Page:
Nurse charged with involuntary manslaughter in San Diego County jail death
A nurse at the Las Colinas women’s jail was charged criminally Thursday in the 2019 in-custody death of Elisa Serna, who died after being left alone slumped on the floor of her cell.
Dist. Atty. Summer Stephan announced charges against Danalee Pascua, who faces one count of involuntary manslaughter, a felony that could result in a sentence of up to four years in prison.
“There is nothing more serious than the sanctity of life and when that life is in the custody and care of the government, it must be safeguarded and provided with the appropriate medical care,” Stephan said in a statement.
“The evidence in the in-custody death of Elisa Serna demonstrates criminal negligence that contributed to her death,” the district attorney said.
Serna, who was 24 when she died, was arrested in November 2019 after being stopped by San Diego County sheriff’s deputies.
She was taken to the Las Colinas jail in Santee and told officials during her booking process that she had recently used heroin.
Serna suffered serious dehydration and other medical issues for several days — but was never on the department’s withdrawal protocols — before dying on Nov. 11, 2019, according to a lawsuit filed by the family.
Days after the death, Serna’s parents contacted The San Diego Union-Tribune, which profiled the case later that week. The family’s lawsuit against San Diego County, filed one year ago, is pending in U.S. District Court.
The Sheriff’s Department issued a statement Thursday saying it supported the district attorney’s office decision to pursue a criminal charge and offered condolences to the Serna family.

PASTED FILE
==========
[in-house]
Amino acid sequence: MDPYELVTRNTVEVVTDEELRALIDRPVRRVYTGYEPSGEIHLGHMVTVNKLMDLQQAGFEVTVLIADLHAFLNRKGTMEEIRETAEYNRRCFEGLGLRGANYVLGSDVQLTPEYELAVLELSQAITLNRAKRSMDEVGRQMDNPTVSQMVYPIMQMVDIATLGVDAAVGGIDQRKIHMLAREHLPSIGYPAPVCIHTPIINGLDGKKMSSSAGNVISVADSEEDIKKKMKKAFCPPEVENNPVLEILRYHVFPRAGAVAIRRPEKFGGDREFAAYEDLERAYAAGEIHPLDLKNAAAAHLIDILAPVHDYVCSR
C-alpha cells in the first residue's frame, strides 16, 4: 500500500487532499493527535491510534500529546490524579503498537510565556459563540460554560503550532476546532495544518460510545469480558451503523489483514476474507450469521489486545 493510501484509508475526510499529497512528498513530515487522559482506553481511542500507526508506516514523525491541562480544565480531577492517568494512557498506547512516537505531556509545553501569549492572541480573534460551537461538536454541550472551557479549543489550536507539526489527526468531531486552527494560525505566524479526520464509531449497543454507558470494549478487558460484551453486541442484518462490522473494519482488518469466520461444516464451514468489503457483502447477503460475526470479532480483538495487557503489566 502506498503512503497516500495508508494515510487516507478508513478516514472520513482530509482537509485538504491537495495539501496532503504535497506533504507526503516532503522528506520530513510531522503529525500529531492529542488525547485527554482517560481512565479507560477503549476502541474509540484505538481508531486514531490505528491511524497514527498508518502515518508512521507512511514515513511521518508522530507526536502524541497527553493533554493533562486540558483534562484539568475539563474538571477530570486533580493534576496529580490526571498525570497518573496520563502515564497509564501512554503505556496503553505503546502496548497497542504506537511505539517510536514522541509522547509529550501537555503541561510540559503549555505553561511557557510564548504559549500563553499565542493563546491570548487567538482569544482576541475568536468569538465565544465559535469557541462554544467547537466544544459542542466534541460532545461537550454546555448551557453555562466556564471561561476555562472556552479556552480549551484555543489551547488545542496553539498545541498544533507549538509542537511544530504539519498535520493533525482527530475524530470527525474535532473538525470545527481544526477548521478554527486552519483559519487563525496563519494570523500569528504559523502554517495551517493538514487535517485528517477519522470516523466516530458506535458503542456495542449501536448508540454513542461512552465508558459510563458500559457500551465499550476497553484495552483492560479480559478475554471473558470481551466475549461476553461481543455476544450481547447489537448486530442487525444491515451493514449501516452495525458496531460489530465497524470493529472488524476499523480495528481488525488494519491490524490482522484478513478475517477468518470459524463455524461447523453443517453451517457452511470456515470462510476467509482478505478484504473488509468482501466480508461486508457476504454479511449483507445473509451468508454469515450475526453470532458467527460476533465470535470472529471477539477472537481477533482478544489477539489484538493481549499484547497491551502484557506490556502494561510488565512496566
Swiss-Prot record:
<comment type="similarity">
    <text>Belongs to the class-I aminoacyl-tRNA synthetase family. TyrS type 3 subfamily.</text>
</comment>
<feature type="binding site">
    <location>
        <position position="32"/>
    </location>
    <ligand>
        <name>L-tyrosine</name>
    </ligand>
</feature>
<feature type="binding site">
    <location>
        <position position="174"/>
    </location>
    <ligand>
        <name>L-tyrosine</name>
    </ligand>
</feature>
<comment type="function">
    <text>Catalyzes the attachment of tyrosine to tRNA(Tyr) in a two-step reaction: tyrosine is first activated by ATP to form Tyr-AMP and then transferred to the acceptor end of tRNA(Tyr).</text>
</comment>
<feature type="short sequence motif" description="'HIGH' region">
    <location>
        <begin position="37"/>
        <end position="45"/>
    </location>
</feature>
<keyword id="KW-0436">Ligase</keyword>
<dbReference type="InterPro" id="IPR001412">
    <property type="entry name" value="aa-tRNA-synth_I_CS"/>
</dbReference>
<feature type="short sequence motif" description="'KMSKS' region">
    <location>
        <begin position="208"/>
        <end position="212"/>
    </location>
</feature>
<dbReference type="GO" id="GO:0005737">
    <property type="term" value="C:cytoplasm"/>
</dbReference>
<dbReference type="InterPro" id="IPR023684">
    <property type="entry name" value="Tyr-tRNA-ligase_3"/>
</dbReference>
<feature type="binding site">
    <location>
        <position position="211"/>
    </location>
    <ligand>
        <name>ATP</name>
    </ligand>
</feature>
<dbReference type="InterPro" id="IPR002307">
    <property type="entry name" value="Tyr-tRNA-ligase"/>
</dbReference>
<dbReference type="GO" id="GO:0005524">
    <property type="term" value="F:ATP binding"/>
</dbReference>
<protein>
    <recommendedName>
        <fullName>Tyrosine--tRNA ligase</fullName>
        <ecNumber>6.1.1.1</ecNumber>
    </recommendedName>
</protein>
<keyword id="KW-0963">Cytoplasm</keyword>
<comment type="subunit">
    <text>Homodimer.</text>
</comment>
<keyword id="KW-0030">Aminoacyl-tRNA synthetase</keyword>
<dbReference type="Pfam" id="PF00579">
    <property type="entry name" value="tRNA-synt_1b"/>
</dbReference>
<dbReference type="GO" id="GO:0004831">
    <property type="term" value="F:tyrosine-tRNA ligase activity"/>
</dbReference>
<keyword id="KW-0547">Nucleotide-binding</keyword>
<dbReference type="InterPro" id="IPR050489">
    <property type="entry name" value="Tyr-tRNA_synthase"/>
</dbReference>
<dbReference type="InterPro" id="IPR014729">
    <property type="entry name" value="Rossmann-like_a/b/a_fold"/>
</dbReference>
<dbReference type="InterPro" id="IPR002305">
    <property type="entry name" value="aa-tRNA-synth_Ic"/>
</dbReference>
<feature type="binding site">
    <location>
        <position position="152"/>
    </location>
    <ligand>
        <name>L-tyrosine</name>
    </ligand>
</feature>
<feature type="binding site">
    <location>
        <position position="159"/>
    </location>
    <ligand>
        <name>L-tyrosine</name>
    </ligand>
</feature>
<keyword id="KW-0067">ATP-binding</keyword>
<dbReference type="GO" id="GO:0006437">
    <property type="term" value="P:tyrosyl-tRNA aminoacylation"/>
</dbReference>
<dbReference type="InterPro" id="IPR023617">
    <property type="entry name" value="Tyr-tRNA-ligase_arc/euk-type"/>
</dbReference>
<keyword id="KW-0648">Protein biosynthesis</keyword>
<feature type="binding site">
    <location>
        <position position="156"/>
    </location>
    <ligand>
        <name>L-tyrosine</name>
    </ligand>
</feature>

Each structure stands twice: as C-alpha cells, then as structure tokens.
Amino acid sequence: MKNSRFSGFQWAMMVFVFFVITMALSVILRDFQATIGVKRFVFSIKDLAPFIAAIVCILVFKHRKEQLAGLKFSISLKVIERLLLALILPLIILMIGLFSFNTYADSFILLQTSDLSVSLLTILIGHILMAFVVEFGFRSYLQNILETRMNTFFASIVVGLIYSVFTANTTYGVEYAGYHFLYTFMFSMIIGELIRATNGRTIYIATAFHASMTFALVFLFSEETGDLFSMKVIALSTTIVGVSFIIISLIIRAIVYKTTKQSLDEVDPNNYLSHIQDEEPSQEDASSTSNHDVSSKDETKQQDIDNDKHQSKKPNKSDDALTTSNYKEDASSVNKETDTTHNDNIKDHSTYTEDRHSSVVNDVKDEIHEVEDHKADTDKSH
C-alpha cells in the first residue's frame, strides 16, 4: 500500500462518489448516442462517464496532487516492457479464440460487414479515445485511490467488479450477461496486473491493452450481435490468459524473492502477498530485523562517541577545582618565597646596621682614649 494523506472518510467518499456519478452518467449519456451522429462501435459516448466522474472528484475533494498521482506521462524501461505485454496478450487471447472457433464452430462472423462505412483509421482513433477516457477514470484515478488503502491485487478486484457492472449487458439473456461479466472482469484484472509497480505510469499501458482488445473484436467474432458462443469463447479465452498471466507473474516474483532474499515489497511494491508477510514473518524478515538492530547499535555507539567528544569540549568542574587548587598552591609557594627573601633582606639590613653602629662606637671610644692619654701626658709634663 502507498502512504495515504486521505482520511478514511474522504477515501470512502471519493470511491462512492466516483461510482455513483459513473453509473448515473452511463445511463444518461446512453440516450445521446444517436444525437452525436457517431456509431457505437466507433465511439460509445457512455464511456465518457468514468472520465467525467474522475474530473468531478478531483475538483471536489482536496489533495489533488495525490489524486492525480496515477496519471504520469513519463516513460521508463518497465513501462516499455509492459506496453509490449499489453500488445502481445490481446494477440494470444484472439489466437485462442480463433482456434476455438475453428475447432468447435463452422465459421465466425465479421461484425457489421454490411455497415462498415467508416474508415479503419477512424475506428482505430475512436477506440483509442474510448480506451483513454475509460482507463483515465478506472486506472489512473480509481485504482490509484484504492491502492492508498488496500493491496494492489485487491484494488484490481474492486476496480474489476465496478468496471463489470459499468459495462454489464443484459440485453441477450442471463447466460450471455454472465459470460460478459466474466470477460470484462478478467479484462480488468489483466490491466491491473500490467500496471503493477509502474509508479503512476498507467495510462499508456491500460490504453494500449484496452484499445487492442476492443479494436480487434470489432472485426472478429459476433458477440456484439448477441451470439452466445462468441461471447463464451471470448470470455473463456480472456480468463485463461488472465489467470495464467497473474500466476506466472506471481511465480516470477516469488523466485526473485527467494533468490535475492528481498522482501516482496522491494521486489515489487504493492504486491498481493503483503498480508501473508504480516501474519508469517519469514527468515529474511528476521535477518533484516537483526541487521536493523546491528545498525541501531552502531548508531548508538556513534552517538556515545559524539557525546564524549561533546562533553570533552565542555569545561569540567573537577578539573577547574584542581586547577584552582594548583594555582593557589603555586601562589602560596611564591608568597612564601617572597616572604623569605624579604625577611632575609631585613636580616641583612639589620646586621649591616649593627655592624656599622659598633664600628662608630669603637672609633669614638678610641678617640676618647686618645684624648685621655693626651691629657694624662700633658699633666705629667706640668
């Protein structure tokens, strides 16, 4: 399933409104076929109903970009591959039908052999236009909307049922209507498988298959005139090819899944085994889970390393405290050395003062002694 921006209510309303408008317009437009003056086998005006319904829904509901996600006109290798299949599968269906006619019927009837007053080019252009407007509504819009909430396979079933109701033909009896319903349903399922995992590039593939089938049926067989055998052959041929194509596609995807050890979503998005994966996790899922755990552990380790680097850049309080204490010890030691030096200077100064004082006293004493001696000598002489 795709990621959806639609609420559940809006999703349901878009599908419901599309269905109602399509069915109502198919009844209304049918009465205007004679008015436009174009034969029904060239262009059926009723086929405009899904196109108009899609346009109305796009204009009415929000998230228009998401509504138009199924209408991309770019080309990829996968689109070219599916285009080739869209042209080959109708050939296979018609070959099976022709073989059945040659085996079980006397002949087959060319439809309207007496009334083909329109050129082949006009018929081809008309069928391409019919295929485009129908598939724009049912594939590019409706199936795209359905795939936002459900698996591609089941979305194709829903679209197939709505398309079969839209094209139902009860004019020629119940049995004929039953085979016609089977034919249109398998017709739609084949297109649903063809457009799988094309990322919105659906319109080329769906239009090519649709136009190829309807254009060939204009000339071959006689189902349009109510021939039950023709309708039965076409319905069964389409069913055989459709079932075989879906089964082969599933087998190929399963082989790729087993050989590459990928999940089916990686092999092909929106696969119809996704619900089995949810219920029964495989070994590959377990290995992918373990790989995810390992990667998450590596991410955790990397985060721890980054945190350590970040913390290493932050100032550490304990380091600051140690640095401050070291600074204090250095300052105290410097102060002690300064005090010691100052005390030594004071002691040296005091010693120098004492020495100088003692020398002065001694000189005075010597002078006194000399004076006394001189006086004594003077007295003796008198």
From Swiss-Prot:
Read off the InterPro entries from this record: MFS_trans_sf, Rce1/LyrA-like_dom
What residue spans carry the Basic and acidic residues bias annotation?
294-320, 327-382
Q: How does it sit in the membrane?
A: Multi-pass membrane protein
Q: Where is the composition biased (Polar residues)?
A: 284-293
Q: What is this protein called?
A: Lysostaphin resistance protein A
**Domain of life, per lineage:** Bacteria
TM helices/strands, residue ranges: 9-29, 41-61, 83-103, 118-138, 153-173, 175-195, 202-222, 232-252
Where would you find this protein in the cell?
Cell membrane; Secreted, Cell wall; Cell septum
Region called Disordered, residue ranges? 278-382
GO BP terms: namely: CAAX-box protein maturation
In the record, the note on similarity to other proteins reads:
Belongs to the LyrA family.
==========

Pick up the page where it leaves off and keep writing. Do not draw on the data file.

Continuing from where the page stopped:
The statement said Pascua had been hired in 2017. She was placed on paid administrative assignment soon after Serna died and was no longer treating patients at the Las Colinas jail.
On Thursday, the department said Pascua has been suspended without pay.
“This was based on sustained findings of misconduct following a Sheriff’s Department internal affairs investigation,” the department statement said.
Earlier this year, the Citizens’ Law Enforcement Review Board, which independently reviews allegations of misconduct within the probation and sheriff’s departments, issued a report stating that Serna had been left alone in her cell after striking her head as she collapsed to the floor.
She was found dead an hour later in the same position.
Despite the findings, the review board found no violations in Sheriff’s Department policies and issued a finding that a complaint was “not sustained.”
However, days later the board reversed its decision and sustained a misconduct violation against a sheriff’s deputy who was with the nurse when they both left Serna alone.
“Serna’s condition was one that deserved attention,” the review board wrote in an amended report. “... Deputy 1 had a responsibility to respond to Serna’s emergency medical needs. This did not occur and therefore Deputy 1 mistreated Serna.”
The Citizens’ Law Enforcement Review Board has no jurisdiction over jail nurses or medical staff — a situation the panel’s executive officer is working to change.
The district attorney’s office said in a statement that investigators and prosecutors examined the situation and pursued charges only against Pascua.
“Our analysis in this case as in any case follows the law, is independent and objective,” the statement said. “In this particular incident, we can only file charges against the individuals involved if it is determined there is criminal negligence beyond a reasonable doubt.”
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